Kyuho Lee // Inspired by Japan, executed in South Korean style as Madmans Esprit

You might have heard about 叫號 (Kyuho) and his work as Madmans Esprit, but in case you haven’t… Madmans Esprit is 叫號 (Kyuho)’s solo project which was inspired by the ヴィジュアル系 (Visual Kei) scene from Japan, as you could probably guess a little from the vibe that is visible from the band’s appearance alone. But the band also takes a lot from the black metal genre in their works.
The project was established in South Korea in 2010, but when 叫號 (Kyuho) moved to Germany a few years later the project moved with him. This is actually the second time the band is on tour in Europe, the first time being in 2017, but this time a lot more people know about it. Madmans Esprit was recently added to the artist lineup of the German label Gan-Shin Records, giving them a whole new footing here in Europe.

In addition to Madmans Esprit, 叫號 (Kyuho) is also the guitarist of “ms. Isohp romatem”, which is the band of Juho – who coincidentally is the guitarist of Madmans Esprit – and a project named “HUMAN TRACES”. Are you confused yet? I admit I was, at first.
Regardless, I asked 叫號 (Kyuho) for a chat to learn more about his project, and also about 叫號 (Kyuho) himself, since his music has made quite an impact in Europe… What does he think about this himself?

So, in order to find out…


Let’s start!

Since about a year ago a lot of people here in Europe started talking about your project Madmans Esprit, so I assume a lot of the readers will know who you are already, but can you please introduce yourself one more time, just to be sure?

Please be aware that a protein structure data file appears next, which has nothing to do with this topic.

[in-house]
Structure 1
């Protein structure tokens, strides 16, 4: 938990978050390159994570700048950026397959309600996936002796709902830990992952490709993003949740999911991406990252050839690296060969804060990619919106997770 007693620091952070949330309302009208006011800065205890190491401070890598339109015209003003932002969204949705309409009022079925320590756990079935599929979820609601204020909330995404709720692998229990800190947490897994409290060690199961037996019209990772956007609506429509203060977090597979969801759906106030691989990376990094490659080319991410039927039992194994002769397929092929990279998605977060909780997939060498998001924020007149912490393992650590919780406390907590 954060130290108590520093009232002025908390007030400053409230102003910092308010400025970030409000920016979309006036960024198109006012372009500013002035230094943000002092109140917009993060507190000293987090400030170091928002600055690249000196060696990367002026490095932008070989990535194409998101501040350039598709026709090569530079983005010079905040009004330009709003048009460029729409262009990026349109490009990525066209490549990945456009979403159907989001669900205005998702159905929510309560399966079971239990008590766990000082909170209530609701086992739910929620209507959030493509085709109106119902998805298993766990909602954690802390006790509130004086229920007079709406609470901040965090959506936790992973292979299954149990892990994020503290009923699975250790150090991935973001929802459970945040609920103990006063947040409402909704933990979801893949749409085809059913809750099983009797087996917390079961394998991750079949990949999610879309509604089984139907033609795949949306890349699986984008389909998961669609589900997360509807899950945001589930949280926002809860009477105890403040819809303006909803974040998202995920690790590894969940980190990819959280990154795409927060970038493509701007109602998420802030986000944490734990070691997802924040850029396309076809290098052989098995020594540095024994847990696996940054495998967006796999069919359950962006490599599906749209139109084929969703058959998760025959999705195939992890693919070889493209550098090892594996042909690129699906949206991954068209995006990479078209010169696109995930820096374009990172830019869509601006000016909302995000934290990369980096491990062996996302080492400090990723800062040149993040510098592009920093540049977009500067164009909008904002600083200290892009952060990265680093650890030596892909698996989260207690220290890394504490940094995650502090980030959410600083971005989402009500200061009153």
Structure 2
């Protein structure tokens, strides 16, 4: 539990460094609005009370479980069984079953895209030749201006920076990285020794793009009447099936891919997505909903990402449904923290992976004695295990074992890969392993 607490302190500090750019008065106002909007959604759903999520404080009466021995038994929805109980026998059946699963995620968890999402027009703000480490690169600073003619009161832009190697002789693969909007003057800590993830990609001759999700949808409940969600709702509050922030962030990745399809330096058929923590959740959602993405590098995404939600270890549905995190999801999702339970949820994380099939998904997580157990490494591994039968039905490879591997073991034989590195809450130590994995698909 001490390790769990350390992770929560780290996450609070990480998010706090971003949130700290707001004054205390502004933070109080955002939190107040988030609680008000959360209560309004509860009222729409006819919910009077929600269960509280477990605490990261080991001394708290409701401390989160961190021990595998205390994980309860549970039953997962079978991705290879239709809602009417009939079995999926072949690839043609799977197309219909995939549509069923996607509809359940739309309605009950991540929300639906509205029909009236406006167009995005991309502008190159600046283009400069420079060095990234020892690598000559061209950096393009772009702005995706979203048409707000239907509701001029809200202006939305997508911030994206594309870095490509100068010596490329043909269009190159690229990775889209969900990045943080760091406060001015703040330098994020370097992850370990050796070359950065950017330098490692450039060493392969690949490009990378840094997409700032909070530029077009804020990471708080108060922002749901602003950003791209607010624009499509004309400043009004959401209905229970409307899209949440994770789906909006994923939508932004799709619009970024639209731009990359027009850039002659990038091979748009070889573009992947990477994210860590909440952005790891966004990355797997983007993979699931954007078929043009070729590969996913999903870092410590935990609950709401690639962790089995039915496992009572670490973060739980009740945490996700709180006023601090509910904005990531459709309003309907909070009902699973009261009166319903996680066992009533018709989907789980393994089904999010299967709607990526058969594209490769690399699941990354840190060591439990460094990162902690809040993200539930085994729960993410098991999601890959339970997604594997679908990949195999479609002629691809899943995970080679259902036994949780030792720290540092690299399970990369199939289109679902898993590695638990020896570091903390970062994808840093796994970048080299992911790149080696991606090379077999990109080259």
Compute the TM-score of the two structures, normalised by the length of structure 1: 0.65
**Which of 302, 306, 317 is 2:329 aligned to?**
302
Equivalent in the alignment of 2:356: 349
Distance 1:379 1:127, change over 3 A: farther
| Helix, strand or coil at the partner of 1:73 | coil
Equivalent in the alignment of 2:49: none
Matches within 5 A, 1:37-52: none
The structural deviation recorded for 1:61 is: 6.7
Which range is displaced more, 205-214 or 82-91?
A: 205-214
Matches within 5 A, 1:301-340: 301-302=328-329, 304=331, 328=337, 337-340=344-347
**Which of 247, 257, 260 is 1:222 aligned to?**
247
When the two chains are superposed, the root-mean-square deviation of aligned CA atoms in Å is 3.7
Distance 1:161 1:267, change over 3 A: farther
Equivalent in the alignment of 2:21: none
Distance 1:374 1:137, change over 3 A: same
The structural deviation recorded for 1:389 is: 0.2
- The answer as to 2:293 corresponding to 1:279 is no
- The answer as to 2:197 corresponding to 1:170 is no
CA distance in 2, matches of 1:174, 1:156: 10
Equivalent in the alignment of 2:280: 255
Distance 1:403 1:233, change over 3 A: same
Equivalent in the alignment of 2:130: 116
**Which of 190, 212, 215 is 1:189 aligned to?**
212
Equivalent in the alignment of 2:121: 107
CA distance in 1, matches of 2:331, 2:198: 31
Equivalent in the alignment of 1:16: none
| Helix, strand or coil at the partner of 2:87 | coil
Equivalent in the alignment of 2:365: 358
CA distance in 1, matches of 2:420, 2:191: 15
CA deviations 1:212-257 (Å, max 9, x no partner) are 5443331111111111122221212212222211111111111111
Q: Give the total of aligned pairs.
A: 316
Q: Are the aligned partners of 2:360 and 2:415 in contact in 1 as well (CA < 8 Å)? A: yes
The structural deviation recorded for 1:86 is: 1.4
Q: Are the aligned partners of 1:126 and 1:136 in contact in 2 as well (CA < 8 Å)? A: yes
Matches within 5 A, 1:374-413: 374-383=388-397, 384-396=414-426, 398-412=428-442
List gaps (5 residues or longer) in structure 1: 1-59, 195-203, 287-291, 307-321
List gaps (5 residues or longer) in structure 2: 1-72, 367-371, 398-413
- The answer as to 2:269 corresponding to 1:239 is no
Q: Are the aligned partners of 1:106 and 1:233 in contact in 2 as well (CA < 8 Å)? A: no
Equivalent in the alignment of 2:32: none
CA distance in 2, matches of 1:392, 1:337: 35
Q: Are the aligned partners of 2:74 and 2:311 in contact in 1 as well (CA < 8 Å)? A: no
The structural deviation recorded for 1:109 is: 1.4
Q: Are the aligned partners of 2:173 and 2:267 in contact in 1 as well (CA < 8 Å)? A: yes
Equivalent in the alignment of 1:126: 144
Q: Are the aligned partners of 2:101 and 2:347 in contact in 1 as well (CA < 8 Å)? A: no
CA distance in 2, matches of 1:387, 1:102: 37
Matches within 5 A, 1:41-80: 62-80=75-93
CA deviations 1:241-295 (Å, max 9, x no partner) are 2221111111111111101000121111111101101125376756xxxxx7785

叫號 (Kyuho): I am 叫號 (Kyuho), from Madmans Esprit. This is basically a solo project of mine. For this tour I use the service of support members from both South Korea and Germany. My music is influenced by a lot of different genres, like black metal and even classical, but also experimental like Pink Floyd. In addition to that I also get a lot of influence from Japanese musicians in the ヴィジュアル系 (Visual Kei) genre.

叫號 (Kyuho)
Vocalist 叫號 (Kyuho) during the performance in the Popcentrale in Dordrecht.

Throughout the years I learned that ヴィジュアル系 (Visual Kei) inspires artists from all around the world, but what about you? How did you learn about the ヴィジュアル系 (Visual Kei) genre in South Korea?
叫號 (Kyuho): About fifteen years ago, I think, there was a ヴィジュアル系 (Visual Kei) band in Korea, they were called “THE TRACKS”. It was something like a K-Pop boy group, but in a ヴィジュアル系 (Visual Kei) style and with a metal sound. I saw their work on the TV and I was interested immediately. I started to search more of these bands online and came across X JAPAN, DIR EN GREY and LUNA SEA, which are all big ヴィジュアル系(Visual Kei) bands, as you probably know as well. Since I was young I wanted to make a ヴィジュアル系 (Visual Kei) band, but I couldn’t find people who were interested in this concept. On top of that Korea is a very conservative society, so even being a person in the alternative or gothic styles is quite hard. I eventually found some members who were interested in the concept and I started to put these ヴィジュアル系 (Visual Kei) elements together. When I was by myself I could do whatever I wanted, but now I have actual members I play music with together I have to tell them I am aiming for a certain aesthetic. The agreed with me and now this is happening. For as far as I know there currently are no active ヴィジュアル系 (Visual Kei) bands in Korea either.